By Konrad Putzier
Global real estate investment fell for the first time in five years in 2014 – but paradoxically that could be good news for the New York market.
Worldwide spending on real estate declined by 6.3 percent to $1.21 trillion, according to a report from Cushman & Wakefield issued yesterday (Tuesday).
The report noted that “this decline in activity can be solely attributed to a drop in Chinese land purchasing,” which had the side effect of catapulting the U.S. past China as the world’s largest real estate investment market.
However, Cushman & Wakefield reckons the global market is still in good health.
The firm expects global investment to rise by 11 percent in 2015 to $1.34 trillion, led by Europe and the U.S.
Moreover, the weakness in Chinese investment could actually benefit New York’s real estate market, explained David Dollar, a senior fellow at the Brookings Institution and former U.S. Treasury Department emissary to China.
In an interview with Real Estate Weekly, Dollar said he expects a continued growth in Chinese investment overseas – including U.S. real estate.
”It makes sense given that the real estate market is soft in China, there are not that many investment opportunities in China,” he argued.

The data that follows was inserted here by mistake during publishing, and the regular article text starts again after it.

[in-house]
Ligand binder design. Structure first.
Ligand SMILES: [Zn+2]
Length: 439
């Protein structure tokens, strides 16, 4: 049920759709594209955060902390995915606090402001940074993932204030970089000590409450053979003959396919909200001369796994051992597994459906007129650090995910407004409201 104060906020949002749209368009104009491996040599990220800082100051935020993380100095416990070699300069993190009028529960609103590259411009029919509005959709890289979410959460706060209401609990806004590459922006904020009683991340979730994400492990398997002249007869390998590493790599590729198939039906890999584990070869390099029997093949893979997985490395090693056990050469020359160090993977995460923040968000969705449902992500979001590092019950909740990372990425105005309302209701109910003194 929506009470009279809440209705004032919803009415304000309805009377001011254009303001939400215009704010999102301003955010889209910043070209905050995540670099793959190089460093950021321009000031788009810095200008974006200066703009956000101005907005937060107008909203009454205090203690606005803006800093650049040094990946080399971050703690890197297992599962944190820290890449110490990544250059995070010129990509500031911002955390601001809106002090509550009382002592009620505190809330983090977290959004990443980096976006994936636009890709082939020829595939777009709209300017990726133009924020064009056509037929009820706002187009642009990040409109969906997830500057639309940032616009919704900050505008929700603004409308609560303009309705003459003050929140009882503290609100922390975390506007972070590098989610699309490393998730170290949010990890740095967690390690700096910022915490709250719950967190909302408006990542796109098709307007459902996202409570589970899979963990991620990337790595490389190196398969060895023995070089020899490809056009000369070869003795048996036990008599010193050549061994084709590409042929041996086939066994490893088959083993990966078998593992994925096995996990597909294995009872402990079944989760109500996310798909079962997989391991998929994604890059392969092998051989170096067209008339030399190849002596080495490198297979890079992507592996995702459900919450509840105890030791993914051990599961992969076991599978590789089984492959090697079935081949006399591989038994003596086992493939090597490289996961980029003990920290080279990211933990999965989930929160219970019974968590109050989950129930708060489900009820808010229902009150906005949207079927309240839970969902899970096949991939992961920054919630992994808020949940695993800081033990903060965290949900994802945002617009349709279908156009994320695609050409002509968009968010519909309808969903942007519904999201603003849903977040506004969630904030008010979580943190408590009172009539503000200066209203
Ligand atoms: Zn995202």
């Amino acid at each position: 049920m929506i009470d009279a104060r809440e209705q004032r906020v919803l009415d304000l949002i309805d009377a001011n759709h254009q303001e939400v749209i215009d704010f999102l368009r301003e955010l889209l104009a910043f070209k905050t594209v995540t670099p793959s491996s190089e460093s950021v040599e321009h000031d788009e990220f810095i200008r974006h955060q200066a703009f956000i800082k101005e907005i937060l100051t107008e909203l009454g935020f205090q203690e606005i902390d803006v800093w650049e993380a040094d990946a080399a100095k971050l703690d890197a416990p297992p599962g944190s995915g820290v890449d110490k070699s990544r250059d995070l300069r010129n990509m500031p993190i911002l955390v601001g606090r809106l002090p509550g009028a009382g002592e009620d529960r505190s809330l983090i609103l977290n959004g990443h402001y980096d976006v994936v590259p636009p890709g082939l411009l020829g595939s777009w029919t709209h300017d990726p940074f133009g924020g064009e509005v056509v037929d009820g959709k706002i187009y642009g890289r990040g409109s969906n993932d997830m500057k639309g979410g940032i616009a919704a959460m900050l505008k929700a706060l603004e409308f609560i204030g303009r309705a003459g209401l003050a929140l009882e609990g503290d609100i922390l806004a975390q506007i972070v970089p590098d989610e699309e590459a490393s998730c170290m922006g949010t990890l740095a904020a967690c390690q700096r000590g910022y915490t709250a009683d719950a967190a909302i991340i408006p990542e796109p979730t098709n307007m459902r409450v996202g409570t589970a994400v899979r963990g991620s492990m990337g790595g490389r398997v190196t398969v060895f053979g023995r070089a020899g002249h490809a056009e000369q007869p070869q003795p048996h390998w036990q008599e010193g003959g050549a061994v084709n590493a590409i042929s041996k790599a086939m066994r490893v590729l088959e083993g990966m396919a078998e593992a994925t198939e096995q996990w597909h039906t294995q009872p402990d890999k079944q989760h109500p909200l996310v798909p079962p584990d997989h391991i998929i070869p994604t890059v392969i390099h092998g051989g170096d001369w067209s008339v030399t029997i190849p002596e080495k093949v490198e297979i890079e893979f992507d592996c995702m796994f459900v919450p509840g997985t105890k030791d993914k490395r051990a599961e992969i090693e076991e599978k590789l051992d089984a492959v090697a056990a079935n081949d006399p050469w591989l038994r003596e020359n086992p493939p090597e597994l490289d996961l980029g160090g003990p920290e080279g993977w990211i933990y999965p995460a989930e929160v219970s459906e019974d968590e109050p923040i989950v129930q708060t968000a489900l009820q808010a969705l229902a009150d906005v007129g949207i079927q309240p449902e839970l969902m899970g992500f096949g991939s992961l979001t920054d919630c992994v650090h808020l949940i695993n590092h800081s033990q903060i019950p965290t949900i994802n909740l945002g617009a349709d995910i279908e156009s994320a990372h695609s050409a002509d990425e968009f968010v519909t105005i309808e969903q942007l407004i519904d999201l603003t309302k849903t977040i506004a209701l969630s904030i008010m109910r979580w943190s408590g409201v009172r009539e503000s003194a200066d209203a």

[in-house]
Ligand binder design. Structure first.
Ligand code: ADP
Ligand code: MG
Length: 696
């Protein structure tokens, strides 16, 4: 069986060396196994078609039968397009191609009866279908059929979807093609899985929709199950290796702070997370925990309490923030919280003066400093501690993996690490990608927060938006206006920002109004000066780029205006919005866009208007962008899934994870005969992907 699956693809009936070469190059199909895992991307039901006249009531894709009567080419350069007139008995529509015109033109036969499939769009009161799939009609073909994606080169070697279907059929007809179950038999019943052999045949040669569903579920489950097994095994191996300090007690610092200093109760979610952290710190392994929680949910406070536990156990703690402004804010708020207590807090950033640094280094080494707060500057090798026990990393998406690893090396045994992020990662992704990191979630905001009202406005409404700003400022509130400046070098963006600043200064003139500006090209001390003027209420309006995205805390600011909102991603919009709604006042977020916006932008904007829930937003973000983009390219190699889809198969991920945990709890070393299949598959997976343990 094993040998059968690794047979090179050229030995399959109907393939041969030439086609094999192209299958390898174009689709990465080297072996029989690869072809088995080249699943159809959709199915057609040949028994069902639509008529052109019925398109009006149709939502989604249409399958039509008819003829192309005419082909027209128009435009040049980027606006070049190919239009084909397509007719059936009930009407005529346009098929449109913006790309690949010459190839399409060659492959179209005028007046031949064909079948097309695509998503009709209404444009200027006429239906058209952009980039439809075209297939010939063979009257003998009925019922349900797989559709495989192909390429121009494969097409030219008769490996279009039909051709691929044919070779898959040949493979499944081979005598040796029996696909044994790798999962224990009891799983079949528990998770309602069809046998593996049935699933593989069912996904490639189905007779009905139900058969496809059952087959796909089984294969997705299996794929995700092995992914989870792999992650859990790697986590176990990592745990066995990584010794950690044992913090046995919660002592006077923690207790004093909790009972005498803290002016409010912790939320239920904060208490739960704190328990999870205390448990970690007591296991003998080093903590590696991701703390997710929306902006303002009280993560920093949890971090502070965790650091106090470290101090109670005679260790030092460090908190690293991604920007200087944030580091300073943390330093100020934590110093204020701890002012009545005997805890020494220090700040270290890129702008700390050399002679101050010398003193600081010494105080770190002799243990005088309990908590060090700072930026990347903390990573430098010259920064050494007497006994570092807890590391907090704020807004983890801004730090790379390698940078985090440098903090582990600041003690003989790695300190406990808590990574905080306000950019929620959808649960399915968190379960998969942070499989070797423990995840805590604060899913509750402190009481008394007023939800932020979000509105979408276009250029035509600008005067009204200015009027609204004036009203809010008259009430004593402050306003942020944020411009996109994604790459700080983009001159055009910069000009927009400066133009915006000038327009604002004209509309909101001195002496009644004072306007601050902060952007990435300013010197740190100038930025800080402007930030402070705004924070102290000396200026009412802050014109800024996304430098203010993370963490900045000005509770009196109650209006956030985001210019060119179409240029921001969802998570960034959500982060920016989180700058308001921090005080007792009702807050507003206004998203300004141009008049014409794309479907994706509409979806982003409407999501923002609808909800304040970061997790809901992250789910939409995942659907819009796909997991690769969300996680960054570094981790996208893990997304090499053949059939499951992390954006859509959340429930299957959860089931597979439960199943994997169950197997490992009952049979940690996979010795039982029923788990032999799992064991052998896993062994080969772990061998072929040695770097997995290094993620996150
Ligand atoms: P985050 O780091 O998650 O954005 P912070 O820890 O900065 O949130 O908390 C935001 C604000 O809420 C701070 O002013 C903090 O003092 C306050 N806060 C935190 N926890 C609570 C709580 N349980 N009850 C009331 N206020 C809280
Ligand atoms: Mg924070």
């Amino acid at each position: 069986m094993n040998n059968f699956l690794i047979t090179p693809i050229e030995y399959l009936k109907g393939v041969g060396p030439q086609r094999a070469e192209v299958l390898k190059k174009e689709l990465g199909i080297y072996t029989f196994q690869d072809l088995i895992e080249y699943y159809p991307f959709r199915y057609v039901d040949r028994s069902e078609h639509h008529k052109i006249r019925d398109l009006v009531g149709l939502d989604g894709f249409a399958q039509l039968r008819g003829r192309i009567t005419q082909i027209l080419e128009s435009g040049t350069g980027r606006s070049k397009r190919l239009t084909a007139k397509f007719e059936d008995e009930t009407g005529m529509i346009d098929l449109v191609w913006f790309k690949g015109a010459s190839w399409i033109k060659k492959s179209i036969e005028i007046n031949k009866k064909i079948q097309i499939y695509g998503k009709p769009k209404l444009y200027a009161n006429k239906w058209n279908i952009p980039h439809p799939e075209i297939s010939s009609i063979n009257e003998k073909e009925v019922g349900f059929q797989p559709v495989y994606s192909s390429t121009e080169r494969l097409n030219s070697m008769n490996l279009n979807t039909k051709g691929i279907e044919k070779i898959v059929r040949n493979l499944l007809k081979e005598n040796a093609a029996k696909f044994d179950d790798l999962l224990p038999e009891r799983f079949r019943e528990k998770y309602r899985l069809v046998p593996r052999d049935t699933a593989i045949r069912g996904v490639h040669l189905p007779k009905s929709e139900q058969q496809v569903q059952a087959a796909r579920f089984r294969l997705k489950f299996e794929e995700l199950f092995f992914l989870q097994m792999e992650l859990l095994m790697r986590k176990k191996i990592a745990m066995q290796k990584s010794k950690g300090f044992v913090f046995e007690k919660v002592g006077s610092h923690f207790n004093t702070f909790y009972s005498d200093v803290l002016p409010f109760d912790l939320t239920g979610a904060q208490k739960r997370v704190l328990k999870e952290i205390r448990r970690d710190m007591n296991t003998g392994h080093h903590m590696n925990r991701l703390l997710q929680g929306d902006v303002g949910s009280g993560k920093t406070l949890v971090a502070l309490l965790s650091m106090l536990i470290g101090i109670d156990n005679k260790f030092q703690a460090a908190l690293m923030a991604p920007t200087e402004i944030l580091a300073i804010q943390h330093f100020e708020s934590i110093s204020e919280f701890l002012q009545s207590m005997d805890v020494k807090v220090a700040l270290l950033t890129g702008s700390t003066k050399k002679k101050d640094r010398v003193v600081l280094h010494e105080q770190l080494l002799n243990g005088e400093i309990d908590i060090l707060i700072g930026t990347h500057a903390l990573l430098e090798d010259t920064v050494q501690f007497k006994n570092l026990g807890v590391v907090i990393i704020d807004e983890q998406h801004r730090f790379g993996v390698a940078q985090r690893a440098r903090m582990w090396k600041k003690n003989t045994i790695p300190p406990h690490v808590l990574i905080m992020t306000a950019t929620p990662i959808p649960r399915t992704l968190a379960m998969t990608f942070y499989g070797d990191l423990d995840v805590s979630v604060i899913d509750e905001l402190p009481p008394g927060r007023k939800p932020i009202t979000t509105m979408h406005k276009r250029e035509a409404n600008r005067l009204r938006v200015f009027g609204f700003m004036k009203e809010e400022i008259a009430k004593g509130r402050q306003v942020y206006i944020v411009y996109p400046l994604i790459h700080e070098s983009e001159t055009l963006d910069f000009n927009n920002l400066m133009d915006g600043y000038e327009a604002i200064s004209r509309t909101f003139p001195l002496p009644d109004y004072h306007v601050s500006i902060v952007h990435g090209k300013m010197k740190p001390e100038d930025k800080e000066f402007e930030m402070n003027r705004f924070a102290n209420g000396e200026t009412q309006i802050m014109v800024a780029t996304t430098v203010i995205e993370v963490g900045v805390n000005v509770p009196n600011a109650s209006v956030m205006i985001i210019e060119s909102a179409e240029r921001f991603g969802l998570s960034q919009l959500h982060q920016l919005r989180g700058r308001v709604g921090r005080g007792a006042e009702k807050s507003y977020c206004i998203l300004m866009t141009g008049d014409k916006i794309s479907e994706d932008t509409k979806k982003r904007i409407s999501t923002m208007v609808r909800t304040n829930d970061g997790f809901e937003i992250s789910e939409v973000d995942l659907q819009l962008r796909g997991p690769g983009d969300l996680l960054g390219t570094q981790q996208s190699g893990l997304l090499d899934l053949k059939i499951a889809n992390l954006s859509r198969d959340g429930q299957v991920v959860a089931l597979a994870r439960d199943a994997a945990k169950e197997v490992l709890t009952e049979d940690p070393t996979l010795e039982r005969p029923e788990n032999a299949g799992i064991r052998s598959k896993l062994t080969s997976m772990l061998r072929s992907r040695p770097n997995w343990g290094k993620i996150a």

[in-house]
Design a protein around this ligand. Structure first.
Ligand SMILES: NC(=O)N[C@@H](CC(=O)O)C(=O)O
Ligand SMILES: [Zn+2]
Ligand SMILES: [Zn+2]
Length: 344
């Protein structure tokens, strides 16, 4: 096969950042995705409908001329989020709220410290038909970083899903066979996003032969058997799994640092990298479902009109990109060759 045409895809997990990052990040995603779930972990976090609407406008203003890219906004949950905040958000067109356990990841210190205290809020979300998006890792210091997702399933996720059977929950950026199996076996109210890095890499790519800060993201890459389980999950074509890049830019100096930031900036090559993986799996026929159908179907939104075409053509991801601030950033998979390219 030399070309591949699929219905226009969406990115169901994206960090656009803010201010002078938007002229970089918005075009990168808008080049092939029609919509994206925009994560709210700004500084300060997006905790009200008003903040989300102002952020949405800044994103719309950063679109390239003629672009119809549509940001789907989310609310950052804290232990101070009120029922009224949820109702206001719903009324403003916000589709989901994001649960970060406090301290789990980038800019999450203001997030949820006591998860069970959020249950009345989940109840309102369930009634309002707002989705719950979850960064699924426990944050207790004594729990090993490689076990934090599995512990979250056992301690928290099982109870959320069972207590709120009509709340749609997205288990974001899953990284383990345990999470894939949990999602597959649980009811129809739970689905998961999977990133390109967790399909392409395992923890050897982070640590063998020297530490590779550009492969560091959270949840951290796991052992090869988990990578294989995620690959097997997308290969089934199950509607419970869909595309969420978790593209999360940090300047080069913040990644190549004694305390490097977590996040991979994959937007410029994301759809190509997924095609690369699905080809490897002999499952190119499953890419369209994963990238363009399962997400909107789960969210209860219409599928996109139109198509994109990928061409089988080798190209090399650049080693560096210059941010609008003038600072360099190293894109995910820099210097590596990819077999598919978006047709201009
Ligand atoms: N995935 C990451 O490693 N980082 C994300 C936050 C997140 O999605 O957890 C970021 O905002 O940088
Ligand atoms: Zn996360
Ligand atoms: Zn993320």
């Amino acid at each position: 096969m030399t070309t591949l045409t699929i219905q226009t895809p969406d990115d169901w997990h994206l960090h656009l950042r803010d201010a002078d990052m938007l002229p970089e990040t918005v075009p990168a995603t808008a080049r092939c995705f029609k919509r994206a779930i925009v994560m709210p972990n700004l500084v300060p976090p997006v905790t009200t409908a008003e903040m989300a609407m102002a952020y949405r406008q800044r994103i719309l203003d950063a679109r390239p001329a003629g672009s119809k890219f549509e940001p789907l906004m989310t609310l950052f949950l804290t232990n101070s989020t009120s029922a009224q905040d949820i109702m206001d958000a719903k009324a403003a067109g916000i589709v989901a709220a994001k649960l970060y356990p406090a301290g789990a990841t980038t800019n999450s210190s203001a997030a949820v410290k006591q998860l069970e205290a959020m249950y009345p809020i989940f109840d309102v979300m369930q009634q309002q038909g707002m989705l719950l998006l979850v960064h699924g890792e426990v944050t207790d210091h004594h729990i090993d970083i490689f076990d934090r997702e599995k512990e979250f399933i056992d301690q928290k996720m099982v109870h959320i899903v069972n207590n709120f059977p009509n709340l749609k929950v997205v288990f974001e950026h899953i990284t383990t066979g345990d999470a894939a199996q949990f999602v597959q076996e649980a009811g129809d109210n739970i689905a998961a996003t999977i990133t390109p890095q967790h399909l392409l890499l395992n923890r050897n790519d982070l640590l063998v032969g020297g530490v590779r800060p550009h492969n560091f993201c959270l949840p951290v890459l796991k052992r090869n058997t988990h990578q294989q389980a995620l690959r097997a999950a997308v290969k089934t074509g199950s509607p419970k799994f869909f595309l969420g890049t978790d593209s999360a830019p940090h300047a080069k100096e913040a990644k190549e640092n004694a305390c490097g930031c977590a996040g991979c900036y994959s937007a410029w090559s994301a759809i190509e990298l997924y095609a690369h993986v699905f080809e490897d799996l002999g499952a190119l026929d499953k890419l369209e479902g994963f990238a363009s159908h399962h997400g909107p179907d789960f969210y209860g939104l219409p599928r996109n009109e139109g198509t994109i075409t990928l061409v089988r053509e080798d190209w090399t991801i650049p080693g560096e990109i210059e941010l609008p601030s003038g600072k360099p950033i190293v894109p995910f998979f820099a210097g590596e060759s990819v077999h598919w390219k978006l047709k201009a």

“I think China has overbuilt the housing stock. They had a housing boom where they built housing very rapidly. There is a lot of unsold inventory, and it is only natural for the market to slow down,” Dollar added.
But while the Chinese market is softening, Dollar sees little reason to worry about a crisis. Instead, he believes the market will rebound soon.
On a recent trip to Beijing, he noted that most Chinese investors still have faith in local real estate.
Perhaps more importantly, he argued, China is still under-urbanized considering its level of wealth, meaning demand for urban real estate will likely increase long term.
The most recent housing boom was driven heavily by speculation and an estimated 20 percent of apartments sit empty, but given demographic trends Dollar does not see lack of demand as a long-term issue.
Investment in Chinese real estate may have weakened, but fears of a property crisis seem overblown. That’s good news for China and for New York.